First of all it was a family company. The Bernsteins were the bosses. The Bernsteins made the decisions. Sidney was the one with the social conscience who determined that Granada would be better than the BBC [British Broadcasting Company] at producing its news programmes, its current affairs programmes, and in developing a social justice direction. Cecil was the one who was the real money-maker, who developed the light entertainment programmes, the quiz programmes, Coronation Street, the programmes which really brought in the money. It was a very, very good combination. They, together, brought in Denis Forman and in the early years it was the two Bernsteins and Denis Forman who, as a trio, ran the company, knew everything that was going on in the company, made all the appointments in the company, appointed people who they got on with and who could get on with them. What this meant was that people said that, ‘If your face doesn’t fit then you are out, as far as the Bernsteins are concerned’ and there was something in that. Those of us whose faces did fit were lucky. Those of us who shared the values of the Bernsteins and Denis Forman, we were the ones who prospered in the company but that could be perceived by others as paternalistic, as a kind of benevolent despotism but it wasn’t the way I perceived it. I perceived it as working with people with whom I had a shared set of values, a shared set of objectives, people who supported me through the thick and thin and therefore to people to whom I was loyal through thick and thin. When the Bernsteins went, when Denis, when his power waned then that’s when the company began to change and became a less comfortable company to work for because it became like any other company, like any other television company.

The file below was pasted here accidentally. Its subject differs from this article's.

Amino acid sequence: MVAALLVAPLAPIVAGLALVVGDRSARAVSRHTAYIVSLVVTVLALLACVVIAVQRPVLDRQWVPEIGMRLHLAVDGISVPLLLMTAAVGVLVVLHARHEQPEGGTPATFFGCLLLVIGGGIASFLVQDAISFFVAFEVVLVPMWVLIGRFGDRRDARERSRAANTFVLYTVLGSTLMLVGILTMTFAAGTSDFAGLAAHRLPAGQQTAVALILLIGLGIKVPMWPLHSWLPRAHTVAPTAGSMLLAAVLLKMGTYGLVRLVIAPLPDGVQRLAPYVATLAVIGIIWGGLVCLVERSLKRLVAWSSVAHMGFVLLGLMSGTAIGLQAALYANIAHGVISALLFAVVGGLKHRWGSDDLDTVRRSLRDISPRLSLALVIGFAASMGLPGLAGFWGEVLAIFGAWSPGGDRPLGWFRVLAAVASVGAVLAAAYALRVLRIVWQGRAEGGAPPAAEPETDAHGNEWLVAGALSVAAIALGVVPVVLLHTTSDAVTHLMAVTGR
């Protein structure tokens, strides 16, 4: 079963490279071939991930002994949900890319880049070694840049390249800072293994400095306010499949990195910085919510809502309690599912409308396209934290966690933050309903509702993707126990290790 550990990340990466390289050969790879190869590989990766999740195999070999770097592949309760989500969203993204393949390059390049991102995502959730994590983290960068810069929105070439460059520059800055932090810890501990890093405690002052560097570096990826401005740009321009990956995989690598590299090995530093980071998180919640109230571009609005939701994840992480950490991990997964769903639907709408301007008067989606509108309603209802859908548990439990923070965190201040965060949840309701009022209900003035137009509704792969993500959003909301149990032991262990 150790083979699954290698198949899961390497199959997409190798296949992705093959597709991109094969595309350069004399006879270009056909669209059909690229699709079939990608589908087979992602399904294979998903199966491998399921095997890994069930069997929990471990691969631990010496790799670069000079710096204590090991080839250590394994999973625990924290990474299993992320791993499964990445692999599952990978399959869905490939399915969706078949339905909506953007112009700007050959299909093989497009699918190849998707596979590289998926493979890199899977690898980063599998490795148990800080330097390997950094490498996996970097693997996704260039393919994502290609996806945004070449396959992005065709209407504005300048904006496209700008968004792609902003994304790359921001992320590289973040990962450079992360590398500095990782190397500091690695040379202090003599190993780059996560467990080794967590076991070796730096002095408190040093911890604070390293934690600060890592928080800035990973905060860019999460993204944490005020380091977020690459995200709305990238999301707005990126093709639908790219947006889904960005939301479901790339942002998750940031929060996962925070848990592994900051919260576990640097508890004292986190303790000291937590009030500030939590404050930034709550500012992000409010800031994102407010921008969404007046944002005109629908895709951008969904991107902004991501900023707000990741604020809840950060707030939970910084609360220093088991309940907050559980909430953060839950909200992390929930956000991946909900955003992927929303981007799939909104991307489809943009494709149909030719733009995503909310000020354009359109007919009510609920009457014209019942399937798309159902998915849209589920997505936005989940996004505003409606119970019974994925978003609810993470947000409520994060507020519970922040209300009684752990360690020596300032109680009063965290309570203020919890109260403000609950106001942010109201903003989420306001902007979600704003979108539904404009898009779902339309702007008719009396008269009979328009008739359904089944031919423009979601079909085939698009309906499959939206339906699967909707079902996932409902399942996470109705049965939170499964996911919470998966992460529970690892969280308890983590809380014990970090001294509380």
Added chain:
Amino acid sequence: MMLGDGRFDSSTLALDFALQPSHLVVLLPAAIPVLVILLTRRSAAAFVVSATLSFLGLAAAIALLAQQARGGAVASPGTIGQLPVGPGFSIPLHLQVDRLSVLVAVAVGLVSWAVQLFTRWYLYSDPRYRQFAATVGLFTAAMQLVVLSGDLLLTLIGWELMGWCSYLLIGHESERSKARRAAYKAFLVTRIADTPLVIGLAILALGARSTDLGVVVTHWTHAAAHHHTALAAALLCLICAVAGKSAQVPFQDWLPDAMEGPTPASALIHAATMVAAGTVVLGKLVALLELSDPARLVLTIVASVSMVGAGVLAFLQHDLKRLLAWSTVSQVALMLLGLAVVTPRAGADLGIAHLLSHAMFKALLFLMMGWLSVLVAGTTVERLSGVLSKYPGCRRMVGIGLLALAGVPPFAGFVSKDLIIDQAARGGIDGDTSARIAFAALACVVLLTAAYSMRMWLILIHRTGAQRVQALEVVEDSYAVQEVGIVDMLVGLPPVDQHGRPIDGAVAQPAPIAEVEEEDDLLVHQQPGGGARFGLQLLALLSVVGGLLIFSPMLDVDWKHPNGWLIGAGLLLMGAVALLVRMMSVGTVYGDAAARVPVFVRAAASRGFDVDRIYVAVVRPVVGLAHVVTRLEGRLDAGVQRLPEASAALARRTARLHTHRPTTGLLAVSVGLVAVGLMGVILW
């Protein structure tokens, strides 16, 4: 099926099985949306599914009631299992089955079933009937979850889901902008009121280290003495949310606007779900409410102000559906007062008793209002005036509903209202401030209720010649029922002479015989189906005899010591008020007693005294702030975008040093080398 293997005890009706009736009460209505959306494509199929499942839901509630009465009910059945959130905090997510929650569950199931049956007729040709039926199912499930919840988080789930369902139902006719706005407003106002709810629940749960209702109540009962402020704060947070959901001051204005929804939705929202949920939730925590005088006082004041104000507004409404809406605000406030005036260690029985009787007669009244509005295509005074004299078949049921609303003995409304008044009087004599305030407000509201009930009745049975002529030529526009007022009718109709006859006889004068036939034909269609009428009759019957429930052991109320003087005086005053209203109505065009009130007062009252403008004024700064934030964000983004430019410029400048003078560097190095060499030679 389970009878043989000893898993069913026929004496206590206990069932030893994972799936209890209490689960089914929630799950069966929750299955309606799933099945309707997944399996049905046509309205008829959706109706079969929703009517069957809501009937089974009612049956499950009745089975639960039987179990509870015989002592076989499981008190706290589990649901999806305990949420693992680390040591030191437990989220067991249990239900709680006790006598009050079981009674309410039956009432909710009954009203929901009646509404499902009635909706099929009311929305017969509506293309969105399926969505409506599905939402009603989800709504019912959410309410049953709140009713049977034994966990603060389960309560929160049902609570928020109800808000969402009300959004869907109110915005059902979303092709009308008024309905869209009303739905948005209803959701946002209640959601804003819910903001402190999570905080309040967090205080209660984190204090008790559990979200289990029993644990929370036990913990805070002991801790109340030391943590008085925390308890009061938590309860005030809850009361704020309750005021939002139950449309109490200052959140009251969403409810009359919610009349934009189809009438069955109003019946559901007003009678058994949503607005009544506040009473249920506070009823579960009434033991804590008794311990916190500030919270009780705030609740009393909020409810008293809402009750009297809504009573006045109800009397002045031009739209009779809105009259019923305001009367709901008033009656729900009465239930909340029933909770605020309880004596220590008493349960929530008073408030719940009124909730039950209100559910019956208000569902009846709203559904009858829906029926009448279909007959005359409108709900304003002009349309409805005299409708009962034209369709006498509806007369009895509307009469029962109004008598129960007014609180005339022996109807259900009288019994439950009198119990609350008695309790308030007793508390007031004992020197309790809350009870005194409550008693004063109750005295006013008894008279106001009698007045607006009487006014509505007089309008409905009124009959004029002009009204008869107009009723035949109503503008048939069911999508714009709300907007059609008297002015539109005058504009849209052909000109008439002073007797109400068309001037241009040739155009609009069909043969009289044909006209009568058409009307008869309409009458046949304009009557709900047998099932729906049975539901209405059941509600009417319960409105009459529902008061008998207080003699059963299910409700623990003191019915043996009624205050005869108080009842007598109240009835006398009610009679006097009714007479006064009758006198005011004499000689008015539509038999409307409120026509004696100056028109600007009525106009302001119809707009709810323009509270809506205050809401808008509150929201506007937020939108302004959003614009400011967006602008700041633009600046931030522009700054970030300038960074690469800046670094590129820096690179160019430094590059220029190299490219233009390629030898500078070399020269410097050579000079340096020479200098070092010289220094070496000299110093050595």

There was always a view that the company was unashamedly leftwing, it was quite radical and in a way you epitomised that. You came from a radical background, you’d worked on Tribune and other people like Gus MacDonald had also worked on Tribune. I mean as a manager you would have been responsible presumably for hiring people, what Norman Tebbit called, I think he said ‘Granada was run by a bunch of Trotskyites!’
Ah, yes, a bunch of Trotskyites was something of an exaggeration but it was certainly true that, as I’ve put it, people with a strong sense of social justice were the people who found Granada a congenial place and the kind of people who, those who ran Granada, found congenial. Certainly from when I first moved from being a press officer and moved up to become a journalist I had all sorts of naive notions that I would have wonderful opportunities of spreading my leftwing views. I was very quickly disabused of that in the sense that it became quite clear to me that it would really be very counterproductive to come blazing out with Labour party slogans or leftwing slogans or singing the Red Flag or whatever! And I became a convert to the notion of the necessity of due impartiality in matters of politics and economics and so it wasn’t that I found myself restraining and enforcing an impartiality because I was required to do so when I was running current affairs, it was because I was genuinely persuaded that without the restraints of due impartiality you could have a highly politicised broadcasting system. A system like there is in the States with the Fox Corporation and where rightwing moneyed interests would be more likely to take over the airwaves than those of us who were lefties. So within that constraint of due impartiality we had to work out as cunningly as we could how we pursued a social justice agenda without breaking those disciplinary requirements and of course sometimes we were hauled up for being too biased. I mean we produced all the argument about well, some programmes are leftwing but then they can be balanced by programmes that give a different viewpoint. I think we were cleverer at finding ways of pursuing a social justice agenda within the rules.